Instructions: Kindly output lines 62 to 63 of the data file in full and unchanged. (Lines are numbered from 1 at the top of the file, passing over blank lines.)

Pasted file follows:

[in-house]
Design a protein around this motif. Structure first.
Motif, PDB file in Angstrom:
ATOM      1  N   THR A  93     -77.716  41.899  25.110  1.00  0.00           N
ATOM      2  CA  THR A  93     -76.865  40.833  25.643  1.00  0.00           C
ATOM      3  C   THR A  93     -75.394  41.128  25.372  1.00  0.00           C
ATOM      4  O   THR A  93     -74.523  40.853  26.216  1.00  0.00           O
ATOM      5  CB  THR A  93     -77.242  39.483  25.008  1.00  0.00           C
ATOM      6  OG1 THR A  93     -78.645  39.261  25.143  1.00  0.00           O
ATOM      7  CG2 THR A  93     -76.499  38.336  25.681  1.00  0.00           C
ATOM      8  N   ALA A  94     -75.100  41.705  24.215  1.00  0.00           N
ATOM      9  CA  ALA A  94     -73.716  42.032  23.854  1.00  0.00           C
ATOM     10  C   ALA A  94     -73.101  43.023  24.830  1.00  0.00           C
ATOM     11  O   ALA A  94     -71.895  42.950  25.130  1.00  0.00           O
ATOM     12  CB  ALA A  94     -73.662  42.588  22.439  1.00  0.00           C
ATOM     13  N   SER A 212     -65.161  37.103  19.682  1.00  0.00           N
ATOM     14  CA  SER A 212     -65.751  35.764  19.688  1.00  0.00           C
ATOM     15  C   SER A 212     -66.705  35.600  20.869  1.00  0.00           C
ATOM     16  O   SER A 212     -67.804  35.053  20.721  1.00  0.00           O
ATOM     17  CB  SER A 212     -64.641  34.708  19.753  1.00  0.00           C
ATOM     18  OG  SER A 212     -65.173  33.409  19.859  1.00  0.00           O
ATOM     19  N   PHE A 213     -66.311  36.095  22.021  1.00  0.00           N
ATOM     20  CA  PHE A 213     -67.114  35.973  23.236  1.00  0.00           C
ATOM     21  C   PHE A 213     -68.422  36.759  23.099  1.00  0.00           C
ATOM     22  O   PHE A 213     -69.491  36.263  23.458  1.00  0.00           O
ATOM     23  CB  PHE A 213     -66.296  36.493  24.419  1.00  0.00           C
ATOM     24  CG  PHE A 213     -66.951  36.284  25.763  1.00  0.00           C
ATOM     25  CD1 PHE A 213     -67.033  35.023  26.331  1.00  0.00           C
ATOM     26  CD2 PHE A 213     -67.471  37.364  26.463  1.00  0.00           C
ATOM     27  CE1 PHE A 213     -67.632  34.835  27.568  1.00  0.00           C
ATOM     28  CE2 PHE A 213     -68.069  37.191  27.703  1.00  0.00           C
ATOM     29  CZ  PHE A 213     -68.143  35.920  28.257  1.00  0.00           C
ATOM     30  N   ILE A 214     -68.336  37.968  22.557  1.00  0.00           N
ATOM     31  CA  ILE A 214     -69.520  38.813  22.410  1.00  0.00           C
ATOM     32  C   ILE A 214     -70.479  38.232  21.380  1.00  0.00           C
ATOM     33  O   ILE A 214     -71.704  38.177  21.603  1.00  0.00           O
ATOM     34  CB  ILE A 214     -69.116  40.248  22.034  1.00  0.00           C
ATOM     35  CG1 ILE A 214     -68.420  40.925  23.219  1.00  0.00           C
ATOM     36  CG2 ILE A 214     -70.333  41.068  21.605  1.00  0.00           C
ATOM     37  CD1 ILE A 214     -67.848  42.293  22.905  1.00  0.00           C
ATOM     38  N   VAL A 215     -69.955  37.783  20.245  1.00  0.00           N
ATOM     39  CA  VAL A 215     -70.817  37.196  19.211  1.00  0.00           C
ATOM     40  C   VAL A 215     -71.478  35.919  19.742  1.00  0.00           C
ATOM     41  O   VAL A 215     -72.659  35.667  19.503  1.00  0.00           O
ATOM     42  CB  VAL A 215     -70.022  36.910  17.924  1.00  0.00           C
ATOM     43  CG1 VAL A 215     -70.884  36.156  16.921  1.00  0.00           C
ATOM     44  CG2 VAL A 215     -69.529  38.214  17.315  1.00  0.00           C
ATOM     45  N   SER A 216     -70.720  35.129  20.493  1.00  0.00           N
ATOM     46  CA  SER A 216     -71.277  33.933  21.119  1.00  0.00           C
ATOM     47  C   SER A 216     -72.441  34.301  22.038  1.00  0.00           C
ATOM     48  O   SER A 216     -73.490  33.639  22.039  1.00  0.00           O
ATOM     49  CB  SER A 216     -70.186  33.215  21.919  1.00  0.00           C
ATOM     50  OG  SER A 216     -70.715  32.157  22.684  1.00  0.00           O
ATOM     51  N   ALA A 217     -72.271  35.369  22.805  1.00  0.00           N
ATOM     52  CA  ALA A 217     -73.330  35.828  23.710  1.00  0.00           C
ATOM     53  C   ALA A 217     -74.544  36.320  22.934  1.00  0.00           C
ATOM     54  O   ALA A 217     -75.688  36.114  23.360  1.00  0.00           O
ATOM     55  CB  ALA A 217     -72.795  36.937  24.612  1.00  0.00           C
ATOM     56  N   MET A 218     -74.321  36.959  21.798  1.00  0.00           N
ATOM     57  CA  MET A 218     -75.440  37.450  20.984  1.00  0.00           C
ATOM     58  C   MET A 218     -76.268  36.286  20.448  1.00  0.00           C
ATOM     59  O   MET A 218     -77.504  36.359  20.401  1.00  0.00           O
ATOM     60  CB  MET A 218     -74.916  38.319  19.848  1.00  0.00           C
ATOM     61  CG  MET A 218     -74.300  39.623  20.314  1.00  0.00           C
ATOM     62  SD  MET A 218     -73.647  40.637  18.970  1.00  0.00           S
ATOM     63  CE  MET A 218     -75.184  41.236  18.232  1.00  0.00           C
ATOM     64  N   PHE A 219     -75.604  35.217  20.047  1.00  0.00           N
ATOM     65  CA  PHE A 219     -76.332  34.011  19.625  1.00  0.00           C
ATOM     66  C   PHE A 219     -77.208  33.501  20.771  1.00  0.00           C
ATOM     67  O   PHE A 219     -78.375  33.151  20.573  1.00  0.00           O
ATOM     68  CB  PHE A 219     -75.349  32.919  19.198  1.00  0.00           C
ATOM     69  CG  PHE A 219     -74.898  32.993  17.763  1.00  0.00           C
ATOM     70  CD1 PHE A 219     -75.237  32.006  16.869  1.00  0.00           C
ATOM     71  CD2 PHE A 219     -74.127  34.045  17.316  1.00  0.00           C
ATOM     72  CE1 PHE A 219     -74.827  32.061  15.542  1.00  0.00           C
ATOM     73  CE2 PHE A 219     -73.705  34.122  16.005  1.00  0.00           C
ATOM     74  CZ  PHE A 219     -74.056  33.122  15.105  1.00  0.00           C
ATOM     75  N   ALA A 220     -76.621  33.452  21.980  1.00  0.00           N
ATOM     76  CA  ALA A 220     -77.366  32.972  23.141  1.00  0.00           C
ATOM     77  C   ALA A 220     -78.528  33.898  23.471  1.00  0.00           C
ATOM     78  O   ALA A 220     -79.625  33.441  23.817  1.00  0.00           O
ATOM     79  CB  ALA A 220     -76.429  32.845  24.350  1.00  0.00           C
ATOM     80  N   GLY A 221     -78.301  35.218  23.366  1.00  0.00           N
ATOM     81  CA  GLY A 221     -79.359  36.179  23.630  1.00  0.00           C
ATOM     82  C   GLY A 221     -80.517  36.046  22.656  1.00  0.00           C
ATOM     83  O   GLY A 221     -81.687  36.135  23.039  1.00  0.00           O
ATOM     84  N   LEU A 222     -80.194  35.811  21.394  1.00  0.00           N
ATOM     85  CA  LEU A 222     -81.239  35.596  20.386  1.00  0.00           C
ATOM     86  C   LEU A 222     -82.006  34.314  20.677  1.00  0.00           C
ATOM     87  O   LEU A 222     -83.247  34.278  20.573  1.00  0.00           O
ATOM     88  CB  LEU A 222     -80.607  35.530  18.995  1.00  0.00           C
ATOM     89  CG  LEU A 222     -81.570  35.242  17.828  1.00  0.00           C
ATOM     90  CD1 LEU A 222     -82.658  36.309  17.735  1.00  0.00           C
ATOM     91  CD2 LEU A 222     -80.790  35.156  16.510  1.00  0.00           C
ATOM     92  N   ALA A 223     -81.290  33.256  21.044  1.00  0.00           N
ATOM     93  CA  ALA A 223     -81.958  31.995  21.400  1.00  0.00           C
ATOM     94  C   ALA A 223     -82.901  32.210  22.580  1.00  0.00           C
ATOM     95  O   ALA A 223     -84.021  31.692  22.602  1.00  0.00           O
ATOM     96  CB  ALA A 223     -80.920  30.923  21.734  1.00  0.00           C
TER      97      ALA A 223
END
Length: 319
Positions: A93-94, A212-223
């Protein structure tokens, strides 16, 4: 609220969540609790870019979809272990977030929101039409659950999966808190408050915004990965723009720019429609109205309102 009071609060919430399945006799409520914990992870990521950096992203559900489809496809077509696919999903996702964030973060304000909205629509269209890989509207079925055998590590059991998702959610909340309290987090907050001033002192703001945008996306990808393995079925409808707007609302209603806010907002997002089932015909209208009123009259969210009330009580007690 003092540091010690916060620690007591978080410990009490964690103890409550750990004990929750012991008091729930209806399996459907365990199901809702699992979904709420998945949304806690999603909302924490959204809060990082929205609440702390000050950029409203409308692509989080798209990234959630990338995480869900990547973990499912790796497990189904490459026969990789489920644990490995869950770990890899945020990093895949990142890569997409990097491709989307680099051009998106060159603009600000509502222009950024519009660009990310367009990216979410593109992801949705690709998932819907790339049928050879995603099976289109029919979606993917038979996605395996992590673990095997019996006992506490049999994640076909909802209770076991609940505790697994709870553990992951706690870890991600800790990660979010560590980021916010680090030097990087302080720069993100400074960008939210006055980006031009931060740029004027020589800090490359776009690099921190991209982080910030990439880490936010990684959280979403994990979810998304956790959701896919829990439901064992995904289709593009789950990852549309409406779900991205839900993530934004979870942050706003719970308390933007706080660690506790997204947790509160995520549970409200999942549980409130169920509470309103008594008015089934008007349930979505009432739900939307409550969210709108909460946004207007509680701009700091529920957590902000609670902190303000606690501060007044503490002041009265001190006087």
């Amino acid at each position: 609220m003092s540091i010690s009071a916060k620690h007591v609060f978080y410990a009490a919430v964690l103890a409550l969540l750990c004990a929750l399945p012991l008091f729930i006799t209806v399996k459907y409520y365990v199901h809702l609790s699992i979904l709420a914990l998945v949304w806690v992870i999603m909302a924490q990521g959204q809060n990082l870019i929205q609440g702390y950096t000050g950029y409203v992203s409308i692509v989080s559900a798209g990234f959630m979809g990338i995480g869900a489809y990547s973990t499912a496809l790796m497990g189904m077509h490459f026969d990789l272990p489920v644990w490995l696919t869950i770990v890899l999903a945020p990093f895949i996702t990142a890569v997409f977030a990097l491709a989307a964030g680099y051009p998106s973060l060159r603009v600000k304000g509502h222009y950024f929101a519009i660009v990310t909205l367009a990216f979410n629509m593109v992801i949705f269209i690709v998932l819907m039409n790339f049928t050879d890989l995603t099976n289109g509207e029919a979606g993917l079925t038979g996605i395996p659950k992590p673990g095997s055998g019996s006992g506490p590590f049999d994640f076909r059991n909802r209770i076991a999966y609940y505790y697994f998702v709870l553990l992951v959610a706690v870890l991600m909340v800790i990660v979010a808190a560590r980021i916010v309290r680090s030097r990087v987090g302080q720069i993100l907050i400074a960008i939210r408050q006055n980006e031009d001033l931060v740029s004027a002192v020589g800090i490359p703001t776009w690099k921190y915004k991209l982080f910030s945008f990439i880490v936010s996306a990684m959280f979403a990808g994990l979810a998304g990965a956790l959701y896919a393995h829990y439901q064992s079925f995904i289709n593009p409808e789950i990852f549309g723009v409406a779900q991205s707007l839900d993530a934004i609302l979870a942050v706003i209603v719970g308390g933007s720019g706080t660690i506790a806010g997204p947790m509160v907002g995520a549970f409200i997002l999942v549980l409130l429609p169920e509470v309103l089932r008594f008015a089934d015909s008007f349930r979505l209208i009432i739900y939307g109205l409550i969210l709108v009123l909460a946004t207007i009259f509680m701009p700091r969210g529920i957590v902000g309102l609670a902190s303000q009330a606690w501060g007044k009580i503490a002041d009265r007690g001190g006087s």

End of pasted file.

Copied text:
ATOM     59  O   MET A 218     -77.504  36.359  20.401  1.00  0.00           O
ATOM     60  CB  MET A 218     -74.916  38.319  19.848  1.00  0.00           C